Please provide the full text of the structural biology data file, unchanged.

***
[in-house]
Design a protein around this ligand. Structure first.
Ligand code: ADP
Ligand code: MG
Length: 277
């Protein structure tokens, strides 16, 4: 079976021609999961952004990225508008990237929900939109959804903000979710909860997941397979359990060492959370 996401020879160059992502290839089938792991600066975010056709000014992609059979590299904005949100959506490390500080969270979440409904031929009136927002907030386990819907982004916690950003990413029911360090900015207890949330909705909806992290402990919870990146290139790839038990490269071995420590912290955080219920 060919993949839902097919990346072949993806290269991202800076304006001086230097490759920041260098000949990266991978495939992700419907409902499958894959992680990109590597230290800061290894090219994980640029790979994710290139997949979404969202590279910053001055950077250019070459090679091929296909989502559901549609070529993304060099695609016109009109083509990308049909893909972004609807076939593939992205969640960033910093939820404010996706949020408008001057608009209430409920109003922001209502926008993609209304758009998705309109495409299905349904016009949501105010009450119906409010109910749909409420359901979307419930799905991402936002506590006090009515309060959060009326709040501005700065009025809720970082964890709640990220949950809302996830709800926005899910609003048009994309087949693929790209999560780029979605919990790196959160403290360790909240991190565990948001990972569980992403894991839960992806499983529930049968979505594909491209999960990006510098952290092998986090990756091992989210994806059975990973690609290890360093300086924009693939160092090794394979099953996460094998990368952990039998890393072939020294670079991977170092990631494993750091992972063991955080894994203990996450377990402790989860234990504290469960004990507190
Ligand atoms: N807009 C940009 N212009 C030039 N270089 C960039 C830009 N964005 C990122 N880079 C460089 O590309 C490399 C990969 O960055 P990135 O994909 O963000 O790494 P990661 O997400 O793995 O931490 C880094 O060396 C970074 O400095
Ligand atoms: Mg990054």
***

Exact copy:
[in-house]
Design a protein around this ligand. Structure first.
Ligand code: ADP
Ligand code: MG
Length: 277
């Protein structure tokens, strides 16, 4: 079976021609999961952004990225508008990237929900939109959804903000979710909860997941397979359990060492959370 996401020879160059992502290839089938792991600066975010056709000014992609059979590299904005949100959506490390500080969270979440409904031929009136927002907030386990819907982004916690950003990413029911360090900015207890949330909705909806992290402990919870990146290139790839038990490269071995420590912290955080219920 060919993949839902097919990346072949993806290269991202800076304006001086230097490759920041260098000949990266991978495939992700419907409902499958894959992680990109590597230290800061290894090219994980640029790979994710290139997949979404969202590279910053001055950077250019070459090679091929296909989502559901549609070529993304060099695609016109009109083509990308049909893909972004609807076939593939992205969640960033910093939820404010996706949020408008001057608009209430409920109003922001209502926008993609209304758009998705309109495409299905349904016009949501105010009450119906409010109910749909409420359901979307419930799905991402936002506590006090009515309060959060009326709040501005700065009025809720970082964890709640990220949950809302996830709800926005899910609003048009994309087949693929790209999560780029979605919990790196959160403290360790909240991190565990948001990972569980992403894991839960992806499983529930049968979505594909491209999960990006510098952290092998986090990756091992989210994806059975990973690609290890360093300086924009693939160092090794394979099953996460094998990368952990039998890393072939020294670079991977170092990631494993750091992972063991955080894994203990996450377990402790989860234990504290469960004990507190
Ligand atoms: N807009 C940009 N212009 C030039 N270089 C960039 C830009 N964005 C990122 N880079 C460089 O590309 C490399 C990969 O960055 P990135 O994909 O963000 O790494 P990661 O997400 O793995 O931490 C880094 O060396 C970074 O400095
Ligand atoms: Mg990054």